March 16, 2015
Court reporters can improve their reputations by making sure that transcripts are proofread before submitting them to attorneys and other entities. While some court reporters do their own proofreading, others do not have the time to hire proofreaders.
Both full-time and part-time work relating to legal transcripts can provide real income for freelance proofreaders.
Here are some facts to keep in mind about pursuing a career in proofreading:
A court reporter is someone hired by an attorney to record a deposition or other type of legal meeting. The reporter delivers a transcript of the meeting which may be from recordings or a steno machine.
Court reporters use different types of computer-aided transcription (CAT) software to help document events. In order to make sure the transcript is free of errors, the court reporter may hire a proofreader.
It can actually be somewhat difficult to get a job as a proofreader since many people do not take the time to pay close enough attention to detail. The proofreader is the final line of defense for quality control and must be extremely accurate.
If you have a flexible working schedule you can approach court reporters and offer your freelance proofreading services once you have mastered the skills.
The job of proofreading is not for everyone. A person who likes to spot errors and look for inconsistencies makes a good proofreader. The job requires knowledge of advanced grammar and spelling. It also requires a strong attention span.
Most of the transcripts you will read involve topics that are not very exciting, such as worker’s compensation and court hearings. You need to devote your concentration to the material and occasionally take breaks so that you do not lose interest.
Proofreading for court reporters can lead to multiple freelance income streams. It is common for a proofreader to earn anywhere from 35 to 65 cents per double-spaced page of 25 lines.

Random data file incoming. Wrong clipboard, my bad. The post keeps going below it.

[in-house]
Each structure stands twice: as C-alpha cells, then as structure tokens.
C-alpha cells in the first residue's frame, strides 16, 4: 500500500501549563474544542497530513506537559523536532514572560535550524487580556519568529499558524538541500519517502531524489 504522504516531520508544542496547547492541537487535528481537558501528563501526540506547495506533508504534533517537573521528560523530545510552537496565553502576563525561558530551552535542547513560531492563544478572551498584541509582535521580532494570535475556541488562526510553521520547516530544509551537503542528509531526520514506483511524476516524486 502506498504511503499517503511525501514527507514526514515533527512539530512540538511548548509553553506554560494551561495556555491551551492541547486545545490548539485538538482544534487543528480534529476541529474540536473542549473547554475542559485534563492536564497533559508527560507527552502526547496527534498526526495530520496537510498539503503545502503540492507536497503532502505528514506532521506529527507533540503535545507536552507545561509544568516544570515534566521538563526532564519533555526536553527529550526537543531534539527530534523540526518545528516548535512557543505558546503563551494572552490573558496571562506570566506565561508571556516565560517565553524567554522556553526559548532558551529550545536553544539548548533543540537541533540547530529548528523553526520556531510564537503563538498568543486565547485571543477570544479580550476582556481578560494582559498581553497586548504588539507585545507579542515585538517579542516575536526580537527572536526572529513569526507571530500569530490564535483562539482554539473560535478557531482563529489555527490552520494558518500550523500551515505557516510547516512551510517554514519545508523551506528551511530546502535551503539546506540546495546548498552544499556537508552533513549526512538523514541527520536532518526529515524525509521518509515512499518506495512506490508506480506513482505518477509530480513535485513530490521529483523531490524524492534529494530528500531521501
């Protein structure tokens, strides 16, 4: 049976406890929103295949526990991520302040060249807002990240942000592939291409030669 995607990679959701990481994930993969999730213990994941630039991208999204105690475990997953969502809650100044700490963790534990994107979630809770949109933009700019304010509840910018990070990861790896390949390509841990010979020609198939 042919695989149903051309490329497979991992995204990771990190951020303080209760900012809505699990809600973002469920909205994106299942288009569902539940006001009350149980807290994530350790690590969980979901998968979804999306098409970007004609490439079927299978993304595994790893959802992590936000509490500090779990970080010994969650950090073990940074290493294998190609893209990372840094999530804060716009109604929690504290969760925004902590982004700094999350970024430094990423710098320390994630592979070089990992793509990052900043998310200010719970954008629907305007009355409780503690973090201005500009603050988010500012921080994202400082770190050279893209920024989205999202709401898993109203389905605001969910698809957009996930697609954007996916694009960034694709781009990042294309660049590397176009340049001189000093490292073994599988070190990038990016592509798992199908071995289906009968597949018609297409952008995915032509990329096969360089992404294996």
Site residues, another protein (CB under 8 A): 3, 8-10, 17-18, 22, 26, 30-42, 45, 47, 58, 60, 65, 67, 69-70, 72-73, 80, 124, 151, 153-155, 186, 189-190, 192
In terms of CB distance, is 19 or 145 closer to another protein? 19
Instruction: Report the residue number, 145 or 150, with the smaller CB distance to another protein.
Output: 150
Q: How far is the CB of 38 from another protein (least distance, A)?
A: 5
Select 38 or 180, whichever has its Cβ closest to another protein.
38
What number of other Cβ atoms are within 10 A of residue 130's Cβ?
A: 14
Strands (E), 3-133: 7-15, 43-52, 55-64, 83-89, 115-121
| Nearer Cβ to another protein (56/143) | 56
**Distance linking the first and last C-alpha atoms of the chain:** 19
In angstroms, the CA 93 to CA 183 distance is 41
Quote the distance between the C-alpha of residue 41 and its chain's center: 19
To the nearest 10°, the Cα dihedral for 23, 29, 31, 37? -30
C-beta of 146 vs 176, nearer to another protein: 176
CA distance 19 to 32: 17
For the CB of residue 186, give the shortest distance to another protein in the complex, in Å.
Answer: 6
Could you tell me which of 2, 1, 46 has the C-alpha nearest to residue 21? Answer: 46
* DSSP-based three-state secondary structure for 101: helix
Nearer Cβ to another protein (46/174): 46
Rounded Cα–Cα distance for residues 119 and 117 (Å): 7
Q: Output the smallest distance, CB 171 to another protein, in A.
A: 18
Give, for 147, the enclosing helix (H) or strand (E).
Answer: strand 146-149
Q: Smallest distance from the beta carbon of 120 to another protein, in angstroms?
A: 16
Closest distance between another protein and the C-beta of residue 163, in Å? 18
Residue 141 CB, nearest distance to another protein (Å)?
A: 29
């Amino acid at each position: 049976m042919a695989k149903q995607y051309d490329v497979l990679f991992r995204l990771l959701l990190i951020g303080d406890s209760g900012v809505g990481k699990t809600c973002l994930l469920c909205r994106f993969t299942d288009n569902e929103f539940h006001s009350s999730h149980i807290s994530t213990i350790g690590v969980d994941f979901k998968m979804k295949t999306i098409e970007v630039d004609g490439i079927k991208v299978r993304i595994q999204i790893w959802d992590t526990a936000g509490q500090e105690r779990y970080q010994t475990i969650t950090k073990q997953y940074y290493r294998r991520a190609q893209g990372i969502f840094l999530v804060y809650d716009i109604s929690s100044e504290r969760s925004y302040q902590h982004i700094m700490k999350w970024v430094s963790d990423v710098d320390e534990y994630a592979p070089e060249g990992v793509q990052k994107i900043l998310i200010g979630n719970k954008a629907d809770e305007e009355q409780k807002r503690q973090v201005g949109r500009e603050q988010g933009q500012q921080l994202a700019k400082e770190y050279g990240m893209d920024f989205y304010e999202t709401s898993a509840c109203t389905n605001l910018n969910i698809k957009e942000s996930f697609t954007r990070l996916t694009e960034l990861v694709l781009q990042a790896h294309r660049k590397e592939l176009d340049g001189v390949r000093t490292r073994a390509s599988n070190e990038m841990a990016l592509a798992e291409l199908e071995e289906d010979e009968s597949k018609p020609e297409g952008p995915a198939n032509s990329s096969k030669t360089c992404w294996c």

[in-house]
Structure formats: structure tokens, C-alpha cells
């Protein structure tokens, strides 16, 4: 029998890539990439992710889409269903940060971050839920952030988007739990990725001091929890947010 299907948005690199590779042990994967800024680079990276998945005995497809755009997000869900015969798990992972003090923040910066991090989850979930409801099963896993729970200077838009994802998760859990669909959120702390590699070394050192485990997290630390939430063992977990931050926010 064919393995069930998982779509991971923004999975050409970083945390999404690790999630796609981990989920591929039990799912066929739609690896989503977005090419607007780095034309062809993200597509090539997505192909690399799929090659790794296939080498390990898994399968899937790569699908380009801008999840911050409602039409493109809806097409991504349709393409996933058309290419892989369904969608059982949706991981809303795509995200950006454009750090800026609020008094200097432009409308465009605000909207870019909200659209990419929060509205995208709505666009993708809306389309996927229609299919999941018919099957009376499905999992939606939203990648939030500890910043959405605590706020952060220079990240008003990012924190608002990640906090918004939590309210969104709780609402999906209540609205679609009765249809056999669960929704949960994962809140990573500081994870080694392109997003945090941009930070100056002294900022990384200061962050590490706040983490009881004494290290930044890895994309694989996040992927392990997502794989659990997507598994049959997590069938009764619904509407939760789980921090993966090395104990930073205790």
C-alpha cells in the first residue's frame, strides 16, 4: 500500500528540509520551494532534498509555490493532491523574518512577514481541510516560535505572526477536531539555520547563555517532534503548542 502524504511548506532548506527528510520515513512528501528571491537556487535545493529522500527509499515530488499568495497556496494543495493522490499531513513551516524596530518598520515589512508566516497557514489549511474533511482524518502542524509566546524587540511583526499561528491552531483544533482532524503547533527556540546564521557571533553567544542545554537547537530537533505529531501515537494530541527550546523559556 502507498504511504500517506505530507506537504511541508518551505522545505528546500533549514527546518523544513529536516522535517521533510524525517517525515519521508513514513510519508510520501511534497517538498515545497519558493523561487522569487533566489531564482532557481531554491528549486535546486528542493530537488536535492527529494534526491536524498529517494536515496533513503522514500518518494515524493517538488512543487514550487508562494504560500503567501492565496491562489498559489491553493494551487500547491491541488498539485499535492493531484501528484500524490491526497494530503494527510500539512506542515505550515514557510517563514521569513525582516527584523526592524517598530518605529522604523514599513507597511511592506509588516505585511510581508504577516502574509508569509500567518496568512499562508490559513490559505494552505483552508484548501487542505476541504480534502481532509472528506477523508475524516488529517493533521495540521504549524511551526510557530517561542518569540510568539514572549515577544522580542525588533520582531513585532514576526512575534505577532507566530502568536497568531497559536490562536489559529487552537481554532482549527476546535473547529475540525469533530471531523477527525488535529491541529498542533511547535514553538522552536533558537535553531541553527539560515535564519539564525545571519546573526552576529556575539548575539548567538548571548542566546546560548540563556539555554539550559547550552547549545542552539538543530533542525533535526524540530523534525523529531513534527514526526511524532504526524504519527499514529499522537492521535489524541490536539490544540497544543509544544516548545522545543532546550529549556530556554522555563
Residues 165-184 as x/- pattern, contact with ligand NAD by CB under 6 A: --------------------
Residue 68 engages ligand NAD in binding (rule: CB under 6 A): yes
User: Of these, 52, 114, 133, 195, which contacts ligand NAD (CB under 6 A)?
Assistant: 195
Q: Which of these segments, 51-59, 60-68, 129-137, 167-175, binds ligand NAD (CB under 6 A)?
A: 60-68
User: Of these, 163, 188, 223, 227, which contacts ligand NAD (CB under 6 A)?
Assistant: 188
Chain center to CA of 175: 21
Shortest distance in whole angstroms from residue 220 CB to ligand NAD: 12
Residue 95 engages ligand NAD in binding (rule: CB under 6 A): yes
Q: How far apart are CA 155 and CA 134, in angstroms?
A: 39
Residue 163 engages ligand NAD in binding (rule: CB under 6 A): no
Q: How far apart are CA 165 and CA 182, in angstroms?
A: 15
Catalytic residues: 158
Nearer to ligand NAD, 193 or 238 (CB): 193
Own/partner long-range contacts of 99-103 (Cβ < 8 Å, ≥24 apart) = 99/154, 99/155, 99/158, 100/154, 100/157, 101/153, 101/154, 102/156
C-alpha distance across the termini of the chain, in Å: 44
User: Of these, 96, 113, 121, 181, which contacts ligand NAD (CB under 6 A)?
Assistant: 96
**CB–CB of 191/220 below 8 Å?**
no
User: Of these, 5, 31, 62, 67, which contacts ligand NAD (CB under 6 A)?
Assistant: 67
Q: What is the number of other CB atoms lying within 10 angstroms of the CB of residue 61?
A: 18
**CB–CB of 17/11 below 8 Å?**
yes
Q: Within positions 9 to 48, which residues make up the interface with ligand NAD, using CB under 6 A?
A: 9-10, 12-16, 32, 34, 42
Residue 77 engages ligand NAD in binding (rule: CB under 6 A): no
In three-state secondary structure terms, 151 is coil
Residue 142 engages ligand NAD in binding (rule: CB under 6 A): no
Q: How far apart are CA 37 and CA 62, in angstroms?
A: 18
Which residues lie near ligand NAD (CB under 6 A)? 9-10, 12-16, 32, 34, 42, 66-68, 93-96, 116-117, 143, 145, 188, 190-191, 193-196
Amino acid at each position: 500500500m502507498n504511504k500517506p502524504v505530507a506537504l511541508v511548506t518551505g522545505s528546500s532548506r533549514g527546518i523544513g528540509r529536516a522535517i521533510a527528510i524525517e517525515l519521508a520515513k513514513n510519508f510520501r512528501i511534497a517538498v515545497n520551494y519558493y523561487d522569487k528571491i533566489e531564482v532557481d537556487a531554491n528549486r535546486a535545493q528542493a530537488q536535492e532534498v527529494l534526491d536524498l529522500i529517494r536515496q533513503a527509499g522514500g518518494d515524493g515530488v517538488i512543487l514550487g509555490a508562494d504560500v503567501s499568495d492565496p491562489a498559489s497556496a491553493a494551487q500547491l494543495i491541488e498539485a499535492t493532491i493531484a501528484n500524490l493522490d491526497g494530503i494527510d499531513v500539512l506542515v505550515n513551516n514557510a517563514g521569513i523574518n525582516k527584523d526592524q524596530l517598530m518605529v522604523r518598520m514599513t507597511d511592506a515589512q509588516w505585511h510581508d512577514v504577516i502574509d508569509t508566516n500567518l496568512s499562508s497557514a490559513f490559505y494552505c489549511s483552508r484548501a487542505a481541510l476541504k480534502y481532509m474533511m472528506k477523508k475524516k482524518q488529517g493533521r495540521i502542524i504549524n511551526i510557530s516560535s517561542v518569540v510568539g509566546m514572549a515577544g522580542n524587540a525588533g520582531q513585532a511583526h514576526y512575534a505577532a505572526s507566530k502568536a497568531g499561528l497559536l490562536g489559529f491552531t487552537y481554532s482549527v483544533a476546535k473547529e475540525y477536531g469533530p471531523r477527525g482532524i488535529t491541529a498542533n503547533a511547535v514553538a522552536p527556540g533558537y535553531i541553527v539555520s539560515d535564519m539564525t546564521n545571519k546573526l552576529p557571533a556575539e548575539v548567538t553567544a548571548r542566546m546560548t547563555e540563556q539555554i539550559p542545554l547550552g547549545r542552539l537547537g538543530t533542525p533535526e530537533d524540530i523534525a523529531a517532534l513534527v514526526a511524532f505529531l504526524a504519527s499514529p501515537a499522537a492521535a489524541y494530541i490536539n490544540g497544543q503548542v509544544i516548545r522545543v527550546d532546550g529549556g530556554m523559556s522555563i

The earnings potential can range from $35 to $65 per hour, depending on your speed reading skills and the type of transcript. Some jobs that have quick turnaround times may pay more.
There are other ways for proofreaders to increase their earnings. You can charge more if the transcript uses a lot of medical terminologies, which requires more effort to read carefully. Expedited transcripts will also bring in more money for the proofreader.
The easiest jobs involve reviewing workers’ compensation transcripts that only need quick yes and no answers. A proofreader can realistically earn $3,000 per month part-time working 20-25 hours per week. It’s also possible to earn up to $5,000 working 40 hours per week.
A major difference in proofreading transcripts as compared to general proofreading is how you are paid. Court reporters are paid on a per page basis. Therefore, the amount you earn is directly proportional to your ability to focus more, your efficiency, and how quickly you can turn work around.
You can handle proofreading work remotely as long as you have a computer and a Wi-Fi connection.
If you excel in your craft, your reporters will keep coming back to you again and again. Court reporters will work with a proofreader that is consistent with their work.
It’s important to be fair when billing reporters. There are times when you should not bill the reporter for an expedited transcript, especially if it were for a quick workers’ compensation deposition.
Such a consideration will help build a solid relationship with a court reporter, who may have access to a pool of many different proofreaders to choose from. Billing your reporters can be done with an Excel spreadsheet for every transcript you read.
Each of these invoices should include the following details:
Reading transcripts and writing corrections can usually be done in 3 different ways:
Proofreading legal transcripts can be a lucrative career for individuals who want to work at home, which allows you to create your own work schedule. Working as a freelance proofreader does require patience and determination.
The best way to build a career as a proofreader is to work with multiple clients and to serve them with high efficiency and reliability. You will be valuable to reporters if you’re always available to help them expedite transcripts.
Colleen Jilio-Ryan is the Owner of Jilio-Ryan, a Tustin based premiere law consulting firm. The firm along with its certified court reporters is dedicated to providing the highest quality deposition and litigation services to attorneys, insurance companies, and corporations. With her sincere efforts, Colleen is committed to meeting the highest standards of the legal industry, and is an industry leader when it comes to on-time court reporting and deposition scheduling.